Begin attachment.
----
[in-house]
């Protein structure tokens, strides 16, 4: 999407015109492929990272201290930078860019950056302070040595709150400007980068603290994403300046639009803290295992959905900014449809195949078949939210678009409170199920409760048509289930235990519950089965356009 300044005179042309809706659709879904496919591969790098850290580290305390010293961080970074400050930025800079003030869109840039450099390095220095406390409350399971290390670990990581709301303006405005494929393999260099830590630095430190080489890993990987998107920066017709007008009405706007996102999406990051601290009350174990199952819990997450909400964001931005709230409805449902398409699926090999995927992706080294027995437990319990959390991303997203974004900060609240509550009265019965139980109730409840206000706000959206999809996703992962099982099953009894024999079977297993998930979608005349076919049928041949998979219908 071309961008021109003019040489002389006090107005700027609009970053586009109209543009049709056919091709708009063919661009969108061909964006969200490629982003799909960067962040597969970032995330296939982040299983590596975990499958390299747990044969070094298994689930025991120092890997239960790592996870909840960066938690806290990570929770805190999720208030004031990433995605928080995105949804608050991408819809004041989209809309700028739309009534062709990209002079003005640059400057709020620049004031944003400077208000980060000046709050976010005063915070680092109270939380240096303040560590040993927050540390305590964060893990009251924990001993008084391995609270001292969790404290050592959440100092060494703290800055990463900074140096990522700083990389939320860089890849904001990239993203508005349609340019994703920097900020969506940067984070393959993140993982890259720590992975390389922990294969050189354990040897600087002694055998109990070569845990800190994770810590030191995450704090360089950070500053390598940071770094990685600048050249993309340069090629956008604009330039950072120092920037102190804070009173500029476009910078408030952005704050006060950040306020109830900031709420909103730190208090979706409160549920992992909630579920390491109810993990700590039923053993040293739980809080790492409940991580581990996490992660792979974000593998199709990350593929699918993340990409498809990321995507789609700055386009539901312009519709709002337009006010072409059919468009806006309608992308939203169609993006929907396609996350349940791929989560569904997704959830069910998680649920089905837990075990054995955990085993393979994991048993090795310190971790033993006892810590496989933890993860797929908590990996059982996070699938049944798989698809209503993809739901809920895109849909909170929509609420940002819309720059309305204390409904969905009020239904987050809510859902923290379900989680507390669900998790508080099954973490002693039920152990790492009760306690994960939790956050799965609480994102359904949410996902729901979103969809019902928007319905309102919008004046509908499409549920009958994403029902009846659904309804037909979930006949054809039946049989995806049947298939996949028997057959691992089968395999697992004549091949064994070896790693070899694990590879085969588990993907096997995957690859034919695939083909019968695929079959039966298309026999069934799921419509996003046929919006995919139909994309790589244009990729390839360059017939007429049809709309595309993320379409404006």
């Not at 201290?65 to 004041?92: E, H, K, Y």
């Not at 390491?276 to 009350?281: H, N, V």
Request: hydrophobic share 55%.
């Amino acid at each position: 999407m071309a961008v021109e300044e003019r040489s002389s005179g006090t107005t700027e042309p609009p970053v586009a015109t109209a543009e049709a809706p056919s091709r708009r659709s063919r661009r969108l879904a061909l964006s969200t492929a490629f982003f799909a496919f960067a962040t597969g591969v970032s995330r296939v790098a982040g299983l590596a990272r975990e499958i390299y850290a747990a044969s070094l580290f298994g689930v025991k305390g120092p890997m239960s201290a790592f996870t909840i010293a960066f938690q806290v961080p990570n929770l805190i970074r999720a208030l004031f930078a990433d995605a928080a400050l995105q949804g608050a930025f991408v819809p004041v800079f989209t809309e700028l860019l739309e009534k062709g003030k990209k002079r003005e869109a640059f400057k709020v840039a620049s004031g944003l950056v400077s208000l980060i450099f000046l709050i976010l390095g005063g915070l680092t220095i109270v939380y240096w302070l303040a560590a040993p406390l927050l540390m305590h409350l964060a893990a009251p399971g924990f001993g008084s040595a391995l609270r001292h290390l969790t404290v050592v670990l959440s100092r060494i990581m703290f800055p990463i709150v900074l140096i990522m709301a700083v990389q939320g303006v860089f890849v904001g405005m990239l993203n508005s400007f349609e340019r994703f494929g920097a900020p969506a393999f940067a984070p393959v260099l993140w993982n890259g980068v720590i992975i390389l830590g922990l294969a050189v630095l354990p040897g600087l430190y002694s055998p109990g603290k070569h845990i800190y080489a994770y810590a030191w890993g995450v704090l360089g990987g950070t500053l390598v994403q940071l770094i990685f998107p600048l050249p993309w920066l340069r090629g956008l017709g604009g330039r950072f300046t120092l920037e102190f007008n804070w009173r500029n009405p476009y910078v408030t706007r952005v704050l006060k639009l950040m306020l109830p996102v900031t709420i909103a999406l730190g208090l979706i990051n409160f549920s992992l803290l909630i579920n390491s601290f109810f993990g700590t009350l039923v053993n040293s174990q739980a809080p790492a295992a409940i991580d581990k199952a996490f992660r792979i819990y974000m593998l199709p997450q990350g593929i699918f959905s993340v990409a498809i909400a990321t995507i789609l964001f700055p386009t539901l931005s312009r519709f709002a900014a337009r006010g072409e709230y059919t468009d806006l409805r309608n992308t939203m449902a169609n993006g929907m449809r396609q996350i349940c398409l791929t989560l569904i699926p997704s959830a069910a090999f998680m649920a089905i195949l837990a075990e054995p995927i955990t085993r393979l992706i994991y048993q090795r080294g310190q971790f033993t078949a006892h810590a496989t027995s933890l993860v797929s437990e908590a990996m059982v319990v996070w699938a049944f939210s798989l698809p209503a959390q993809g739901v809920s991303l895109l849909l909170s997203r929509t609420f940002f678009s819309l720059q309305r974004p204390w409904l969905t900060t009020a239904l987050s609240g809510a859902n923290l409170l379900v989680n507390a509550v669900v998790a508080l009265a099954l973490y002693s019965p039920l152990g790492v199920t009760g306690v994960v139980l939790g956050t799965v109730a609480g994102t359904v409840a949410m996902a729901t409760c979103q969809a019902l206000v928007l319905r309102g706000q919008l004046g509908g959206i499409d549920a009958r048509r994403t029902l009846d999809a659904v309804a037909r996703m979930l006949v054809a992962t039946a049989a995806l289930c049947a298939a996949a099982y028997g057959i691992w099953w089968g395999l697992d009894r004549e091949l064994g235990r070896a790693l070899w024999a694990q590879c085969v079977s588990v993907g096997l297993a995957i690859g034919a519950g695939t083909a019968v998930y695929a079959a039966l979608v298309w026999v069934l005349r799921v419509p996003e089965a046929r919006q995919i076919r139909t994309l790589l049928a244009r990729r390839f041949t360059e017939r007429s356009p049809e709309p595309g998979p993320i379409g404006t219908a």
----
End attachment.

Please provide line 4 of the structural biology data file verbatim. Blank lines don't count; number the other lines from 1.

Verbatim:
């Not at 390491?276 to 009350?281: H, N, V």